Day 14: Sunday, October 7

A Gothic Experience

For my last full day in London I wanted to finally visit a place I’ve always longed to see but could never fit into the agenda: Highgate Cemetery. I know you’re thinking: Whhaaaatt??? You like creeping round a cemetery (can you say taphophile)?, but stay with me on this one.

I got rather a late start to the day and missed the breakfast at the hotel. I searched up and down Southwark Street and was able to find a very busy and popular breakfast place called The Table.

Table for one, please.

I started the day with this – the biggest pot of tea I’ve ever had:

Now that’s a good, sensible, Christian pot of tea! None of those stupid, dribbly little one-cup pots that Canadian restaurants foist on us.

Feeling slightly adventurous today I decided to try something I’ve never eaten: mumble-mumble. I was approached by the lovely and perky twenty-something waitress with a very thick English regional dialect that I was struggling to understand. I placed my order for the Full English (the only way to go in my opinion), and the perky twenty-something asked me:

Server: Would you like to have mumble-mumble with that?

Me: Sorry?

Server: Would you like some mumble-mumble with your breakfast?

Me: <long pause>….Pardon me?

Server: Would… you… like… some… mumble-mumble with your breakfast?

Me: <another long pause> Ah, sure I guess so.

I was too embarrassed to ask yet again what she just said so I simply went with it.

I had NO idea what I just ordered but it turns out it was Black Pudding. Black Pudding is a type of blood sausage originating in Great Britain and Ireland. It is made from pork blood, with pork fat or beef suet and a cereal, usually oatmeal, oat groats or barley groats...


The order came and it looked like this:


… and it tasted like sh… well, never mind.

Anyway let’s move on.

The Black Pudding notwithstanding, it was an awesome breakfast and I was now ready to face the day. On to Highgate Cemetery.

Highgate Cemetery

Highgate Cemetery is an absolute Gothic masterpiece. How can I briefly describe this amazing place to you in just a few sentences…?

Highgate Cemetery is located in north London. There are approximately 170,000 people buried in around 53,000 graves across the two cemeteries – West Cemetery and the East Cemetery. The Cemetery is notable for some of the people buried there as well as for its de facto status as a nature reserve. The West Cemetery is a designated Grade II in Britain, meaning it’s a protected and preserved entity.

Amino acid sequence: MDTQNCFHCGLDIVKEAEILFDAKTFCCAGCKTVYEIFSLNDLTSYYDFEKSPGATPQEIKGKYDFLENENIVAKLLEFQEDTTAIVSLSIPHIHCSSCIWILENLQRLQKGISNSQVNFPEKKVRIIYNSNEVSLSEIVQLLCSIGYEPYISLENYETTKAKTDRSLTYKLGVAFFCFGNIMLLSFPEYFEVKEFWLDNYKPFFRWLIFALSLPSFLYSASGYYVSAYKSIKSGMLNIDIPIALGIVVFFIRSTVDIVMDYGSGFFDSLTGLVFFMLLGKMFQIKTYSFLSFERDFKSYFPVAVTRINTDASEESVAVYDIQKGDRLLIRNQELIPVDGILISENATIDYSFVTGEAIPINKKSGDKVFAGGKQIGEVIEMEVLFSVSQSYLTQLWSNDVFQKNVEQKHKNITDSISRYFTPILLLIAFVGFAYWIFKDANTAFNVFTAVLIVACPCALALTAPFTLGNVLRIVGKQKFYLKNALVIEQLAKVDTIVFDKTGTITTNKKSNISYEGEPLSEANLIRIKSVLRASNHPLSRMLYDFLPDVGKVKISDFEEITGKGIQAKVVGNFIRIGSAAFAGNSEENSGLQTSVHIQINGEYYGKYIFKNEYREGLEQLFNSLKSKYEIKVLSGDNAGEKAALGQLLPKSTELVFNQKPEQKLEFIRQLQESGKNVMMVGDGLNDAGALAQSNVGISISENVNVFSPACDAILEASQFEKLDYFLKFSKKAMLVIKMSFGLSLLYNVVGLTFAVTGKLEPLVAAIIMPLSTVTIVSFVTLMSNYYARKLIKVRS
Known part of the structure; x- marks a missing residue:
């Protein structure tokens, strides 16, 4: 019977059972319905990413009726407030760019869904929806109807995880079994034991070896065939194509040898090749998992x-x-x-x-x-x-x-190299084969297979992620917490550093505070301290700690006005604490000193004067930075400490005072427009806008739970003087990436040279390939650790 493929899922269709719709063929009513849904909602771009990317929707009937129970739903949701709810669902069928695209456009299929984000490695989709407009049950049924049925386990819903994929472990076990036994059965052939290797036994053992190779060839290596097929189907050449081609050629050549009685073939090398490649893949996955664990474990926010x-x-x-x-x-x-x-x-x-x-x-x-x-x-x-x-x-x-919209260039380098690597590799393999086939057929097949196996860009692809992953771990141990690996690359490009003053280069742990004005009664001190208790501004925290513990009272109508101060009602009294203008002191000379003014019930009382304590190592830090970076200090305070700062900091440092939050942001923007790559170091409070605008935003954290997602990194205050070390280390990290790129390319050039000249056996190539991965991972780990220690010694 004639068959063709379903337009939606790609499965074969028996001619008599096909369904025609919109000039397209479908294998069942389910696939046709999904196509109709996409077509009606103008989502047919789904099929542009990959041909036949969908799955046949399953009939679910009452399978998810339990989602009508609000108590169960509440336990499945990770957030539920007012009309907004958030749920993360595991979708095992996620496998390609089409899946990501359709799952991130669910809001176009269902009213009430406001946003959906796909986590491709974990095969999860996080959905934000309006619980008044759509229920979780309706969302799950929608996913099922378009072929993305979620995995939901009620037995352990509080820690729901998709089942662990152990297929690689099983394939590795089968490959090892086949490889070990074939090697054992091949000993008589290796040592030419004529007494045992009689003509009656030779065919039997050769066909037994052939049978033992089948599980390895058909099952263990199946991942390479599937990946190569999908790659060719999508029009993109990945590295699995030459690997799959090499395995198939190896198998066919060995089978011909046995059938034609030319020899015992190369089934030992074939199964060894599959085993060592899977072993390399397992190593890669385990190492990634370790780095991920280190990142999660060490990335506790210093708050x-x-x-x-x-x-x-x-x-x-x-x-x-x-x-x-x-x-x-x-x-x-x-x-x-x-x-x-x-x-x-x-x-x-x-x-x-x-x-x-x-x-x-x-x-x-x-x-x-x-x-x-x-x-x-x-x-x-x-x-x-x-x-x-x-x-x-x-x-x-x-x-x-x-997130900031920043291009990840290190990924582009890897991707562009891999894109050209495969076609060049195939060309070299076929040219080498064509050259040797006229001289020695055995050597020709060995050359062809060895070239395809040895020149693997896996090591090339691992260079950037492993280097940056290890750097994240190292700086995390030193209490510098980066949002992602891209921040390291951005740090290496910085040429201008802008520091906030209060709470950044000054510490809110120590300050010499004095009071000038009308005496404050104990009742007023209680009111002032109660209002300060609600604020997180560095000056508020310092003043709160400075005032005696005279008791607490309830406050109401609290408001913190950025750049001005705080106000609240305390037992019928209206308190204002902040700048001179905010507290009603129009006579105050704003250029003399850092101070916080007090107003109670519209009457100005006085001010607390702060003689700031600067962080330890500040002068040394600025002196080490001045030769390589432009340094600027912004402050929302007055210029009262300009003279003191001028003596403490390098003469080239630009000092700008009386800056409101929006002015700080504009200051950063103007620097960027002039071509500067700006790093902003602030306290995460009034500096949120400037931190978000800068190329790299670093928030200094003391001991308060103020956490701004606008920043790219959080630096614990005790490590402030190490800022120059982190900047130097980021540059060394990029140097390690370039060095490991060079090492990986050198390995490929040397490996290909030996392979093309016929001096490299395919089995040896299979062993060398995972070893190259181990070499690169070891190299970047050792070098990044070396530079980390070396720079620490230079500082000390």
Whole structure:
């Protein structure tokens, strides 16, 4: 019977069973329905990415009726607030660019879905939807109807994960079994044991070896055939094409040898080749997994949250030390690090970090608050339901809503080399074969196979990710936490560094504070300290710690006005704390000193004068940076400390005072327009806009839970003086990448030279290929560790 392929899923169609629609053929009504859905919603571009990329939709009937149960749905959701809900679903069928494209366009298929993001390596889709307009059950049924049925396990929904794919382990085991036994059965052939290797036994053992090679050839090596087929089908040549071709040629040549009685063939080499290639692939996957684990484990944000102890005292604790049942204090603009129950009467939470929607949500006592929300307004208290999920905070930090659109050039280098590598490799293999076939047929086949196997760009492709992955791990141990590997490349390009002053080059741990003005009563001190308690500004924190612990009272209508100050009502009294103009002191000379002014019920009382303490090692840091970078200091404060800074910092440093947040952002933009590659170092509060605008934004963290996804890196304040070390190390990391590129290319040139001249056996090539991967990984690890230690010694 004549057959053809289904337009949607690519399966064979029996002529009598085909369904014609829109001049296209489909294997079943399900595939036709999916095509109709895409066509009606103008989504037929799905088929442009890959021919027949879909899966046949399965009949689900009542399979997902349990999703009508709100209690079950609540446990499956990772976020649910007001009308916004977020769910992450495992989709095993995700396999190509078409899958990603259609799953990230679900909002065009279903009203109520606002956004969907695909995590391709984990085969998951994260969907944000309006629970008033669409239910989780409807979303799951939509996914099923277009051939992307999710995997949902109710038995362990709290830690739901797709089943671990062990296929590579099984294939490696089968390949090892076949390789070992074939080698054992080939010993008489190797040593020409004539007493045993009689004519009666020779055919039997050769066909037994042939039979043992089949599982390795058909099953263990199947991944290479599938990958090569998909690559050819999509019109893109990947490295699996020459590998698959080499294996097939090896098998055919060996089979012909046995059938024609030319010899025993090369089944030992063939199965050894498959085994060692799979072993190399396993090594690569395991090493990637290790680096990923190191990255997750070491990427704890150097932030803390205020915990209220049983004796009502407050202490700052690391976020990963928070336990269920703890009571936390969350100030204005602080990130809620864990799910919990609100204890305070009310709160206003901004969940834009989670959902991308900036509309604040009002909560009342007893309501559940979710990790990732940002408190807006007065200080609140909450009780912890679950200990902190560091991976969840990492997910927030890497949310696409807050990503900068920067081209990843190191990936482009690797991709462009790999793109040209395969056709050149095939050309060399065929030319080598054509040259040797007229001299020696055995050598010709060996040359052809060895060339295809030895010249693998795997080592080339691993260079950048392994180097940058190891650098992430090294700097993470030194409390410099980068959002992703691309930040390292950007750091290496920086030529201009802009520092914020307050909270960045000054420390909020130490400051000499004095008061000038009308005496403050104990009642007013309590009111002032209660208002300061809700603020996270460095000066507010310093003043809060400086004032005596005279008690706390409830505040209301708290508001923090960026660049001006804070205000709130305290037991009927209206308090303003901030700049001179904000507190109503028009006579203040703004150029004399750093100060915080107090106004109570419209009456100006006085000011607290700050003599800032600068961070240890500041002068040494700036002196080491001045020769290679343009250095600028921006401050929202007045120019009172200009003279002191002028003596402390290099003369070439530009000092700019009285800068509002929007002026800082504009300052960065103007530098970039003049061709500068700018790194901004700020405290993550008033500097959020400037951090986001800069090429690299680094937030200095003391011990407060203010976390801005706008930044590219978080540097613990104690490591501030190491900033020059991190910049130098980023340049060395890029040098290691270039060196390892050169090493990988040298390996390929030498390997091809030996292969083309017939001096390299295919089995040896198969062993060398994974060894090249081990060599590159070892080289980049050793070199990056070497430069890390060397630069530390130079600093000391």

Nature has overtaken a lot of the headstones, making it very eerie and atmospheric. The place is Gothic in the extreme and to take it a little further there’s even the legend of the Highgate Vampire; I didn’t see him that day so obviously he wasn’t feeding on plump, middle-aged Canucks.

As mentioned, there are two halves to the Cemetery – the West and the East. The public are allowed in the West Cemetery only as part of a guided tour, which run every half-hour or so. The public is allowed to wander in the East Cemetery without restrictions. There’s quite a few famous people buried here – the East Cemetery is know for its graves of Karl Marx, George Eliot, Malcolm McLaren (allegedly, McLaren’s body was buried here to the strains of the Sid Vicious version of My Way) and many others. Probably the most famous tomb in the West Cemetery is that of George Michael, but we were told on our tour that his grave location is secret and hidden from the public for fear of vandalism, etc. from fans.

To get to Highgate Cemetery, I got off at the Archway Underground station and made my way up:


To get to Highgate Cemetery I walked up Highgate Hill, which is not exactly the poorest part of town as I found out:

Liz and Audrey hang out on Highgate Hill:

Then I cut through Waterlow Park:

… and arrived at the Cemetery. I bought my ticket for the West Cemetery tour, which didn’t start for another hour-and-a-half, so I used the time to do a self-guided tour of the East Cemetery, and this is only a very small portion of what I saw:

The grave of Karl Marx
Patrick Caulfield was an English painter and printmaker known for his bold canvases. He designed his own headstone – subtle, what?.

It was 3:30, and time for our guided tour of the West Cemetery at Highgate. The tour was about an hour-and-a-half long, and was absolutely engaging:

This is our amazing tour guide, Stephen Sowerby. He was incredibly knowledgeable, passionate and engrossing with his tales of Highgate’s history
In the Catacombs

By the end of our tour darkness had mostly fallen. I didn’t want the Highgate Cemetery Vampire to claim me, plus I was getting quite hungry at this point anyway, so it was time to retrace my steps through Waterlow Park to find the Underground station. I headed back to the hotel, found something to eat, caught up on this blog, then called it a night; tomorrow is going to be a big day.

This is my last night in the U.K.; tomorrow I catch my flight back to Toronto.

Signing off for Sunday.

Good night from London, the coolest city on the planet.

Leave a Reply

1 comment

Pin It on Pinterest